If the Sabres wanted to deal from their defensive depth to help fill a hole at forward and get an actual return, Miller might be the player on the move. After a really strong run with the Vegas Golden Knights, he has not really fit in with the Sabres or fully gained the trust of their coaching staff. A fresh start somewhere else could do him well.
The Red Wings are on track for a historically bad season, and general manager Steve Yzerman has a ton of work to do in trying to fix this mess. He has a few veterans he can dangle at the trade deadline, and the 34-year-old Green is a potential option. He has not been particularly good, and he has a no-movement clause, but you have to think he would welcome an opportunity to play for a contender one more time in his career.
Lehner has been one of the few bright spots for an otherwise dismal Blackhawks team. They are headed for a third consecutive non-playoff season and with Lehner a free agent after this season, he would figure to be an attractive trade chip. He could also be a game-changer for a team in need of a goalie upgrade (looking at you, San Jose Sharks).
This is another veteran player with an expiring contract whom the Devils could look to move. His name had surfaced in trade speculation more than a year ago, and with the Devils out of the playoff race, that figures to happen again over the next few months. He plays a lot of big minutes for the Devils, but he is probably best suited as a middle-pairing (or even third-pairing) defender on a contender. He will bring some offense, but he is not really a shutdown defender or possession driver.
He is not going to repeat the huge offensive season he had a year ago and he turns 28 later this season, so he is no longer a young, up-and-coming player. Do the Blackhawks see him as a part of their future? If not he could easily be on the move given his dirt cheap contract and the fact he can bring some offensive help from the blue line.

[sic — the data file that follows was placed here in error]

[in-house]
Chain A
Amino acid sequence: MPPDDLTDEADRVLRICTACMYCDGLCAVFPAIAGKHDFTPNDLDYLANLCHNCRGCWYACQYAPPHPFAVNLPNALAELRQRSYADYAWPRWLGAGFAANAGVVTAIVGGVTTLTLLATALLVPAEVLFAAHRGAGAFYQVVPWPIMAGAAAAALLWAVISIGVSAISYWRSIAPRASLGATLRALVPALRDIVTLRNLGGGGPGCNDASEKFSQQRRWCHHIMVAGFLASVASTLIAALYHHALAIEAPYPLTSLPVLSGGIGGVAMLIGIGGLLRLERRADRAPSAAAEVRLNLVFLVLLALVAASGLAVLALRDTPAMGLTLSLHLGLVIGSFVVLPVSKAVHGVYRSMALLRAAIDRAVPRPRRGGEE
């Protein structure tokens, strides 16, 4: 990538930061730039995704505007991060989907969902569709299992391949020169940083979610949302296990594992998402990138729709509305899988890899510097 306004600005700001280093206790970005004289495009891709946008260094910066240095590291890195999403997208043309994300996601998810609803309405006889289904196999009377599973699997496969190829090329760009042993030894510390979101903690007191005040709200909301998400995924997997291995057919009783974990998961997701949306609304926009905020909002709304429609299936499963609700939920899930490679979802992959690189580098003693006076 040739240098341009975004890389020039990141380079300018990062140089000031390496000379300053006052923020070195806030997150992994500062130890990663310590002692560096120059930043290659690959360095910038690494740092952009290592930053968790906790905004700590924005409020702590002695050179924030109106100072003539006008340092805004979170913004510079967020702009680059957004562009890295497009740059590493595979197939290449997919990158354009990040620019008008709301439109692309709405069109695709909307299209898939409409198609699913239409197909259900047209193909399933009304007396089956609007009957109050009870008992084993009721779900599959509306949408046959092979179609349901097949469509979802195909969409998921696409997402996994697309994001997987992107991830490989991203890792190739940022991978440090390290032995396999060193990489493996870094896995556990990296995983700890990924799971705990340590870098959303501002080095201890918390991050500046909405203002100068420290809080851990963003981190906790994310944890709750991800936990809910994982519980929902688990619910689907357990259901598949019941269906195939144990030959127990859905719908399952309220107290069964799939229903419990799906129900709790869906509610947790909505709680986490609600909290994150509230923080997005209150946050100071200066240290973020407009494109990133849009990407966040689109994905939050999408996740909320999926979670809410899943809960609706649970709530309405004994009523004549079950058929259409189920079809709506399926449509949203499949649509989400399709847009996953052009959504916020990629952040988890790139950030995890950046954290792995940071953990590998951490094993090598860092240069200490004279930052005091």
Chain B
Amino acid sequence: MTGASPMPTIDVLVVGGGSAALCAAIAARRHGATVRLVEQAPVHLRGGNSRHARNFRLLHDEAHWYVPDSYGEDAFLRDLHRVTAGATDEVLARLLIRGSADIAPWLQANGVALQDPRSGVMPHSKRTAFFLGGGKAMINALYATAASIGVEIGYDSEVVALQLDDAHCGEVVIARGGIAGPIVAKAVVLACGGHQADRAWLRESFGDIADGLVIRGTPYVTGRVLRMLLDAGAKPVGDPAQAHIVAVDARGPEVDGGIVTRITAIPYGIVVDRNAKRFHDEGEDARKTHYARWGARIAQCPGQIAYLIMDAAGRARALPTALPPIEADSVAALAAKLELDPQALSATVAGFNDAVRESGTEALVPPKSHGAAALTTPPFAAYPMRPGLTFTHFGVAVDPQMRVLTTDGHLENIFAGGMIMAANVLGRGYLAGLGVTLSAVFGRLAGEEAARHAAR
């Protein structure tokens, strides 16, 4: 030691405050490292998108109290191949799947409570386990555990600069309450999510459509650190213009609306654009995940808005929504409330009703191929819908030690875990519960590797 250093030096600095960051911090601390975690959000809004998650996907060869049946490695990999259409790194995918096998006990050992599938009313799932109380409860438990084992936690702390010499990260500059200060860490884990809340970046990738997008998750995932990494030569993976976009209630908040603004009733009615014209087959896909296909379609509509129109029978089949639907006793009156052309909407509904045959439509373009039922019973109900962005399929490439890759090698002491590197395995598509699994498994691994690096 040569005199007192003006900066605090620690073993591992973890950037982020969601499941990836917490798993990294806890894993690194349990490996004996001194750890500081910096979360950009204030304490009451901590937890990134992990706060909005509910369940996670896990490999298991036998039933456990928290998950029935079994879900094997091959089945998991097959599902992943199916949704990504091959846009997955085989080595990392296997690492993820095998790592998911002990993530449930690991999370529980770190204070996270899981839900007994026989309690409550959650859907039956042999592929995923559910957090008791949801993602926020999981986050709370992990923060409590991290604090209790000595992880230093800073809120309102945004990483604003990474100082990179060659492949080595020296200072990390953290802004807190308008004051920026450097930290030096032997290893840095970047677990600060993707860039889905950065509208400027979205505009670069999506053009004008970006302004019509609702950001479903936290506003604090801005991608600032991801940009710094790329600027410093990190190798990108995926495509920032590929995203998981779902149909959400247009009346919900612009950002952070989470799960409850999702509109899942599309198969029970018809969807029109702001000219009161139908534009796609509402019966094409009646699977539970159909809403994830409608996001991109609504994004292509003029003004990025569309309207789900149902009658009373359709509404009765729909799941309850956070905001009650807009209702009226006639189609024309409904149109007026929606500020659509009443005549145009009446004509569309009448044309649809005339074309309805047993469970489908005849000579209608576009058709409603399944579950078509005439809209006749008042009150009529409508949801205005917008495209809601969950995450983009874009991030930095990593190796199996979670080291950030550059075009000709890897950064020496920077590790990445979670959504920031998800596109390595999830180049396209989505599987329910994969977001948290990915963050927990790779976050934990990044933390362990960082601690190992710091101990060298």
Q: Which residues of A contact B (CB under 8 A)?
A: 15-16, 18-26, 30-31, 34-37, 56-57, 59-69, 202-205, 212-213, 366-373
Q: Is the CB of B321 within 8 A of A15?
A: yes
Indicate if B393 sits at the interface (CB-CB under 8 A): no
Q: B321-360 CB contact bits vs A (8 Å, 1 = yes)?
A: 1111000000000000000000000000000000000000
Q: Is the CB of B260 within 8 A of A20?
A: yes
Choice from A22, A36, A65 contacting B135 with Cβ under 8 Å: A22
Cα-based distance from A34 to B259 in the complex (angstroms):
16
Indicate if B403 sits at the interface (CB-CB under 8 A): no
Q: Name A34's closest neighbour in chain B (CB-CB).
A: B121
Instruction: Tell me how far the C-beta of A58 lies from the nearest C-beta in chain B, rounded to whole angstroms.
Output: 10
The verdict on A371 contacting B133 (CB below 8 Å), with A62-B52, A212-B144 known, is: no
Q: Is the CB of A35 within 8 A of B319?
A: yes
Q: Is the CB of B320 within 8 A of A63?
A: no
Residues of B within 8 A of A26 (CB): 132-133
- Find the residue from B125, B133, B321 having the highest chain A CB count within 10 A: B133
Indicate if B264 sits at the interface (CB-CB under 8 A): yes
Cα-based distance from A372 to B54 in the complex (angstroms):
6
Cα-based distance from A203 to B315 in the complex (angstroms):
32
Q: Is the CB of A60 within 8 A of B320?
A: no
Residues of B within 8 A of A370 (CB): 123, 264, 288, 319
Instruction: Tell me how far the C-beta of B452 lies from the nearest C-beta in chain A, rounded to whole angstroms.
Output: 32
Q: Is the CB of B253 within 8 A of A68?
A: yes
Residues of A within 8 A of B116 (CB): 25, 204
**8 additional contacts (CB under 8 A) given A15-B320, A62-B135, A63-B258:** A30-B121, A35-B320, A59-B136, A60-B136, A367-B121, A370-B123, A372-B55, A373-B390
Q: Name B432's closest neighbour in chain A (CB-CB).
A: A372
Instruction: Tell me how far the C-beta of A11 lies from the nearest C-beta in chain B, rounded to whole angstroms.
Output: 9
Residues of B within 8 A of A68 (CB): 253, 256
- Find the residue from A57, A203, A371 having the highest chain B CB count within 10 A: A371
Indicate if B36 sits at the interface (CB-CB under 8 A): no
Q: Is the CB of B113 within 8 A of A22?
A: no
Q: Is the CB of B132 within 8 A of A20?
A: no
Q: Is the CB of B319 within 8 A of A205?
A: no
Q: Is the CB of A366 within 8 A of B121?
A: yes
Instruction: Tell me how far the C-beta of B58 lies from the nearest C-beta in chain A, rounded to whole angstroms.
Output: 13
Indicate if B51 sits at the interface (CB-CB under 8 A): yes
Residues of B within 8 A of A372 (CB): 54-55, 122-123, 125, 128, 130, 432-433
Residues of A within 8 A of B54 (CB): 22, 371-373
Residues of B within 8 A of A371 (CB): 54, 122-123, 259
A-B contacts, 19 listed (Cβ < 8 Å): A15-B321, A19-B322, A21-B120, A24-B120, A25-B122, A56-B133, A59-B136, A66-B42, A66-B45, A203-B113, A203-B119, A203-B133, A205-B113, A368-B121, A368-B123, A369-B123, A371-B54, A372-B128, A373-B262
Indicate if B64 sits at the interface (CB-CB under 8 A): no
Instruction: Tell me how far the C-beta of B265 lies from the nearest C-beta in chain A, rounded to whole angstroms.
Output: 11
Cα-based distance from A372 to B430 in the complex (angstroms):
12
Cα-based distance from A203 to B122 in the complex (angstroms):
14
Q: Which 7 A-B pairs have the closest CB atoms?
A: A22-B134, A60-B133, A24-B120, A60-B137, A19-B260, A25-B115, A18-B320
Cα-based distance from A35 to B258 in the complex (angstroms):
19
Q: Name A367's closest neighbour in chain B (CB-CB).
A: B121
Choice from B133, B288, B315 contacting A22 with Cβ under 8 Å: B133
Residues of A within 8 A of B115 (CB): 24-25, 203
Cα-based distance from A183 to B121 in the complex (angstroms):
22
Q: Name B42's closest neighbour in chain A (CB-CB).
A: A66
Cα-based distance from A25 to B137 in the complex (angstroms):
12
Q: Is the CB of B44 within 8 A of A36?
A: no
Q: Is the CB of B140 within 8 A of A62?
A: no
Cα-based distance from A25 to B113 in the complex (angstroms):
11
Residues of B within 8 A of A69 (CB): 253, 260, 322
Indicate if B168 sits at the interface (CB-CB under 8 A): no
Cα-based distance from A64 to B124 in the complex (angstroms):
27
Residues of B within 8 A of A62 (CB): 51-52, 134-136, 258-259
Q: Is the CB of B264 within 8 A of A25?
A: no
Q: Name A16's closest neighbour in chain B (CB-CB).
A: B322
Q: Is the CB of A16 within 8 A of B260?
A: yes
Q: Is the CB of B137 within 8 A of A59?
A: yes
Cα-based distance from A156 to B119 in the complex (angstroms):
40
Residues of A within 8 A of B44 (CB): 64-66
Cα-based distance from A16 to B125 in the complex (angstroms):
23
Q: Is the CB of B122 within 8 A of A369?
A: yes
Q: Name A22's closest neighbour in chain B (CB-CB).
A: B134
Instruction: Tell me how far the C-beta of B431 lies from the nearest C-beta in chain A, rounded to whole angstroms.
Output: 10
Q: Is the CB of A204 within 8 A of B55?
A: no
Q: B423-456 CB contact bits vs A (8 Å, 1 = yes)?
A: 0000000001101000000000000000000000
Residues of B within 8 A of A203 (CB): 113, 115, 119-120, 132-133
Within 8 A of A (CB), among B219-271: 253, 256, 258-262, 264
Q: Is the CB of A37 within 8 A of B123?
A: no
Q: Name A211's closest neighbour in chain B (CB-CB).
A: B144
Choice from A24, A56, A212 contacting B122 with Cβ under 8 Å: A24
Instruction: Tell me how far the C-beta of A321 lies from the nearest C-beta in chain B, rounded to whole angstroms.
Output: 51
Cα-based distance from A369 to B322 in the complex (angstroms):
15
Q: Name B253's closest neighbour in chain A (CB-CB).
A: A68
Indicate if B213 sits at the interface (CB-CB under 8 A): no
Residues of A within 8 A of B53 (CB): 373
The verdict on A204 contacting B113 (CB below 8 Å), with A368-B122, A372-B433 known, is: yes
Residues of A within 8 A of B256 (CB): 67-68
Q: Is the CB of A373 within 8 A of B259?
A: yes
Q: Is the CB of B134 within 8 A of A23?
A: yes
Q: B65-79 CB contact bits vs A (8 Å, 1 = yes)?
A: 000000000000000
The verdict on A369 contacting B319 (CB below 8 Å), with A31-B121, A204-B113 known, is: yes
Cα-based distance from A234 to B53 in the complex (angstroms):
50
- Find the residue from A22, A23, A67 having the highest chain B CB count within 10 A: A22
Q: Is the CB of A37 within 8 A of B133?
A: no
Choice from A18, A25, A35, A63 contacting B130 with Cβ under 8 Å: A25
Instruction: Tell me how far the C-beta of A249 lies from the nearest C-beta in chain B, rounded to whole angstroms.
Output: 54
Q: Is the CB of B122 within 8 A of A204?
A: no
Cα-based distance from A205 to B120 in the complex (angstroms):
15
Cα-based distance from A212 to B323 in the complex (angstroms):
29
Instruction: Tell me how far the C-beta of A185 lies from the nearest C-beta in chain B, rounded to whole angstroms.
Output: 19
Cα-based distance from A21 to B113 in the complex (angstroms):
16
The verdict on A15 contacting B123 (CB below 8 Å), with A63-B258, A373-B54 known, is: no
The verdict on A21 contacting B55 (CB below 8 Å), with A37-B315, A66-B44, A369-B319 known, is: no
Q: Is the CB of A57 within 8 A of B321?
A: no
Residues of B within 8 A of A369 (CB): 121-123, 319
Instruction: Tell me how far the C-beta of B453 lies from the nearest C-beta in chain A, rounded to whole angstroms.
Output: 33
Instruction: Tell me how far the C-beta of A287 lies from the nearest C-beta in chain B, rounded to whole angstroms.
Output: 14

He has been injured for most of the season, but he has a fairly big contract for what he provides to a team that is consistently pressed against the salary cap. The Penguins have some key restricted free agents to re-sign this summer, and they would still no doubt like to add to their NHL roster this season, as they start to emerge as a Stanley Cup contender. Trading Bjugstad's contract for anything they can get would be a good way to create salary cap space to start that process.
Technically speaking the Panthers are still very much in the playoff hunt, so they may not be ready to sell just yet. But the overall mediocrity of the Atlantic Division is the only thing really keeping them in it at this point, and if Tampa Bay and Toronto ever get their acts together the Panthers could quickly slide down the standings. Hoffman is an unrestricted free agent after this season and while he has his flaws as a player — his play away from the puck — he can still fill the back of the net and add some offensive punch to a team's lineup.
Another veteran on an expiring contract in Florida, Dadonov has been an incredible find for the Panthers and one of their top players since returning to the NHL from Russia. But if the Panthers slide out of the race, he would figure to be an attractive target on the open market. He offers the same sort of offensive production as Hoffman does, but he is a better all-around player.
Granlund was supposed to be one of the pieces to put the Predators over the top a year ago in their quest to win a Stanley Cup, but he has underwhelmed during his entire tenure with the the team. With Nashville off to a slow start and currently out of the playoff picture, his contract status (unrestricted free agent after this season) could make him a trade candidate if the Predators are unable to get back into playoff position.
This seemed far more likely earlier in the season when Turris could not crack the Predators' lineup, but this is a relationship that hasn't really worked out. The Predators also have a ton of money invested in Turris over the next few years, and that is going to be a contract they are going to want to get out of at some point.
This is a real long shot because of how well he has played this season, but it also might be a sell-high situation for the Senators. Duclair is in the middle of a career year and will be due a pretty big pay raise this summer as a restricted free agent. A lot of teams gave up on Duclair too soon, and the Senators have benefited from it in the short term. Their confidence in his ability to maintain it might determine whether they want to sign him long-term or trade him. Ideally, the Senators keep him. But you can never tell what this team might do in a rebuild.